One significant thing I’ve found since coming out is that I had initially expected to deal with a black and white, masculine or feminine identity. That if I didn’t want to be masculine then I would need to be feminine. It took a while and a good deal of self-education to realise that this didn’t have to be the case. As I had found I tended to have masculine days and feminine days I was essentially adopting a gender fluid role, so for the time being I have chosen to identify with this. I also became more aware that I didn’t have to aim for fully feminine or masculine, I could deliberately choose somewhere between the two. I have spent a little time exploring this option but have found that on the whole I don’t think this is the right thing for me. When I have a feminine day, I choose to look and feel feminine in a way works for me. I appreciate that this will mean different things to different people and that’s fine.

Something I was aware of when considering coming out was that I didn’t really see many trans people on campus. That doesn’t mean they weren’t there, just that the people I saw out and about on campus didn’t stand out as being trans. So when I did see someone who I believed to be trans, I felt my heart race for them and I wanted to run over and congratulate them for their courage. Obviously I didn’t as that would likely have been embarrassing for both of us. But it did make me realise that if I wanted to help other people in a similar situation to myself four years ago, it would be helpful to be visible as transgender person who appears to be happily out and about around campus. So I decided that’s what I would do. It also had the added benefit of significantly reducing my own nervousness at being visible, because I felt I had something of a mission to achieve. I don’t know if it has actually helped anyone, but if it’s made even one person feel less nervous about coming out then it was worth it.

Visibility in the future

As I mentioned at the start, I believe awareness and a level of acceptance has been achieved for the transgender community, but as with a lot of things that gain attention, it seems to have attracted negative attention too. Originally I was worried about a societal lack of acceptance due to rejection of something different and new. Now I worry about people with strong opinions fuelled by an understandable history of women’s inequality, wanting justice for one part of society at the expense of another. Where the trans community are being portrayed as aggressors looking to gain unfair advantages, rather than people who are trying to live their lives without fear of rejection or attack. There will always be exceptions in any situation, but surely these need to be dealt with individually and not to turn on an entire community instead.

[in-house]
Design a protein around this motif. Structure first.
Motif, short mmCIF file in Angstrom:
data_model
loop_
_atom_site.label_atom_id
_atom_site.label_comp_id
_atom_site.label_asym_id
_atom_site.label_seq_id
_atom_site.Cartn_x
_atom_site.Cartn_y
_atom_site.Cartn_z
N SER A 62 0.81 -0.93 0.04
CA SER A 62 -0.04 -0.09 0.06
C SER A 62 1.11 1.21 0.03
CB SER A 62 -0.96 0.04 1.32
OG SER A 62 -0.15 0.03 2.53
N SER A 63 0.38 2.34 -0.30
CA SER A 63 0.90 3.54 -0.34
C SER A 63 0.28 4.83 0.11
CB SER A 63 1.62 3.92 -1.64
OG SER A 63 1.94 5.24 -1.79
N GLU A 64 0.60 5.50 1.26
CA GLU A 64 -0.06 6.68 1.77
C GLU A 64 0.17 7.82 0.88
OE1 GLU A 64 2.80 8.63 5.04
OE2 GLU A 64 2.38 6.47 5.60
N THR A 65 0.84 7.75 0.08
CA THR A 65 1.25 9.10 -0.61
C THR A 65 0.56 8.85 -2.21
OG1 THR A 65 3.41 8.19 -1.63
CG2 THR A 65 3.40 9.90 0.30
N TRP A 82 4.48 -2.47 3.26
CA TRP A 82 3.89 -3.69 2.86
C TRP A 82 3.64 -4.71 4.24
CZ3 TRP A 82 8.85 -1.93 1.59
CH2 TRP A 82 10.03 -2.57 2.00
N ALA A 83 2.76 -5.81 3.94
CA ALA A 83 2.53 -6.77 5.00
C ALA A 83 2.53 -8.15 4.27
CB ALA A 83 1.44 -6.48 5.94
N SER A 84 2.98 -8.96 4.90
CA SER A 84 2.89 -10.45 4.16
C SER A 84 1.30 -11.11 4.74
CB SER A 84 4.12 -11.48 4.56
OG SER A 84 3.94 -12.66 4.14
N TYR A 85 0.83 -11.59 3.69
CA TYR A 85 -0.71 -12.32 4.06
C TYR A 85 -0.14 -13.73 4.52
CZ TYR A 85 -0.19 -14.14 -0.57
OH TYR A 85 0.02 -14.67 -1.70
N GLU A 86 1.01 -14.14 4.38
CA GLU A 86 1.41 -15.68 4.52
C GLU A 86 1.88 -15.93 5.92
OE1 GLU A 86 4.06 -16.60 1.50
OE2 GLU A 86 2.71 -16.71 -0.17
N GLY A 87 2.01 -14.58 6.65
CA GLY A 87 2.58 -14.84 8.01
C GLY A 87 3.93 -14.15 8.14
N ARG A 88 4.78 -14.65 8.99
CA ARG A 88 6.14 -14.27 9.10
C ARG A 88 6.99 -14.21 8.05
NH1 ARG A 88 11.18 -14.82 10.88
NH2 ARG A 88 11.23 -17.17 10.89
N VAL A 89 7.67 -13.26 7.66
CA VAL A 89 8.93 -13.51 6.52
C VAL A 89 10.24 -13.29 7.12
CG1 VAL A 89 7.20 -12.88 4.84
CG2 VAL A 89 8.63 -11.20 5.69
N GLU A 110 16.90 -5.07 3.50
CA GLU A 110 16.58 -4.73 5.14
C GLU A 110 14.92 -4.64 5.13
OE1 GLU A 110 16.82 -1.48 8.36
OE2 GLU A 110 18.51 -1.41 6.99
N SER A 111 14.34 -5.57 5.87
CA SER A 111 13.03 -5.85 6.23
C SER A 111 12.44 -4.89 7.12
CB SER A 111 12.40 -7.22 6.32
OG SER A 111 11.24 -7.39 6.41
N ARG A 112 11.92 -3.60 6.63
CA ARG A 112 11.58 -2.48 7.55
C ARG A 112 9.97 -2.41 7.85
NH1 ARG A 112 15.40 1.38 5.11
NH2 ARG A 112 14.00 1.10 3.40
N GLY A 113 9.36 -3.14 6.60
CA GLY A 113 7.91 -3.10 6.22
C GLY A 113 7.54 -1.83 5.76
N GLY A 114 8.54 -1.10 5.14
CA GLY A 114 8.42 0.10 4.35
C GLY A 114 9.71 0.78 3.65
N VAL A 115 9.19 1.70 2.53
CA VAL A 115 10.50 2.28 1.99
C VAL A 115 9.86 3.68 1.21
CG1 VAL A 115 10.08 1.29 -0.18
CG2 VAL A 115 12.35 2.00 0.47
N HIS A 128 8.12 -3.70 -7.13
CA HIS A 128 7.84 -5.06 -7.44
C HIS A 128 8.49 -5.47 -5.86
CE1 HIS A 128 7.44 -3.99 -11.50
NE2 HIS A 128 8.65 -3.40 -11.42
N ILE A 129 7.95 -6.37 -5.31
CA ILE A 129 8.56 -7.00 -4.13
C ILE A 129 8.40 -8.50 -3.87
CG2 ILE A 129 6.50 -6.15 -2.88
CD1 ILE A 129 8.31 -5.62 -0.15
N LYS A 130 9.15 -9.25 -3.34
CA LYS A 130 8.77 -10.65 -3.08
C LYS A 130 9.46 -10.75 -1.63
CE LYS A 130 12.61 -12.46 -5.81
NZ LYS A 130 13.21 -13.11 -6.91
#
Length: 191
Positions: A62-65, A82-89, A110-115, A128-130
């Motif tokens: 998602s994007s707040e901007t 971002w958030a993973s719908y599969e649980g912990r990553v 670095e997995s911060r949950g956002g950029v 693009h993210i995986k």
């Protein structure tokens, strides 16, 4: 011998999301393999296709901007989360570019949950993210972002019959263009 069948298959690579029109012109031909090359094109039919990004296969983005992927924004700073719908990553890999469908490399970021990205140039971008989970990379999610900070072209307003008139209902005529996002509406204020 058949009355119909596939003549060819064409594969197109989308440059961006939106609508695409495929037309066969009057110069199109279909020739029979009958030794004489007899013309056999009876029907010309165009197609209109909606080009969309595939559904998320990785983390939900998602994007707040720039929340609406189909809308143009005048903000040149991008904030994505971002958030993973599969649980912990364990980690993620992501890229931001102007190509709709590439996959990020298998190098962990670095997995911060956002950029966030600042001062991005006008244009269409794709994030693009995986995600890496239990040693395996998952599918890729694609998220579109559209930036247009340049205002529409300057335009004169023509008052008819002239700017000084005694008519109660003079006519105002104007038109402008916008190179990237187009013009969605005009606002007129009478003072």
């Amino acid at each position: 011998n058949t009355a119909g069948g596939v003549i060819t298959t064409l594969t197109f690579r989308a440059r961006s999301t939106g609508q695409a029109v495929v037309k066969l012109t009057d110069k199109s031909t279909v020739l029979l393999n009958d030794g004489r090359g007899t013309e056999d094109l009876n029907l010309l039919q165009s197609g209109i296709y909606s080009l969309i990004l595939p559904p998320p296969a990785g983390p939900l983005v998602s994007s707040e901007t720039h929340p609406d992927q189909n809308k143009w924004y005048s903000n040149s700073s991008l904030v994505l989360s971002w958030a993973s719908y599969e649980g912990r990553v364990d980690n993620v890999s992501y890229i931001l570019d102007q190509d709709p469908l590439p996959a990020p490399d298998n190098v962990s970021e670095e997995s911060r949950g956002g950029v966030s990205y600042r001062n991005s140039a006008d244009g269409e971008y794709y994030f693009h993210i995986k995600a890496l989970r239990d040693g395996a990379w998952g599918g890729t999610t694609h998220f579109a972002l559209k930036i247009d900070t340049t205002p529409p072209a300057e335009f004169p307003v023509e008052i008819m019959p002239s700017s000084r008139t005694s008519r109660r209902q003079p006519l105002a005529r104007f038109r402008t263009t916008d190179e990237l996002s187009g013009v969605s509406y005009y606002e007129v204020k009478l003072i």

As someone who doesn’t like confrontation or aggression online or in person, I really hope that this current issue can be resolved peacefully and that the future treats everyone with kindness. The Covid pandemic over the last few years really was a matter of life and death and I think for most people has helped them to put things into perspective of what’s really important. So I truly hope that the trans community will be seen and accepted as normal people trying to lead normal lives.


  1. Happy international day of trans visibility to all of the trans community – Amnesty International website
  2. Brianna Ghey: Boy and girl in court charged with murder – BBC website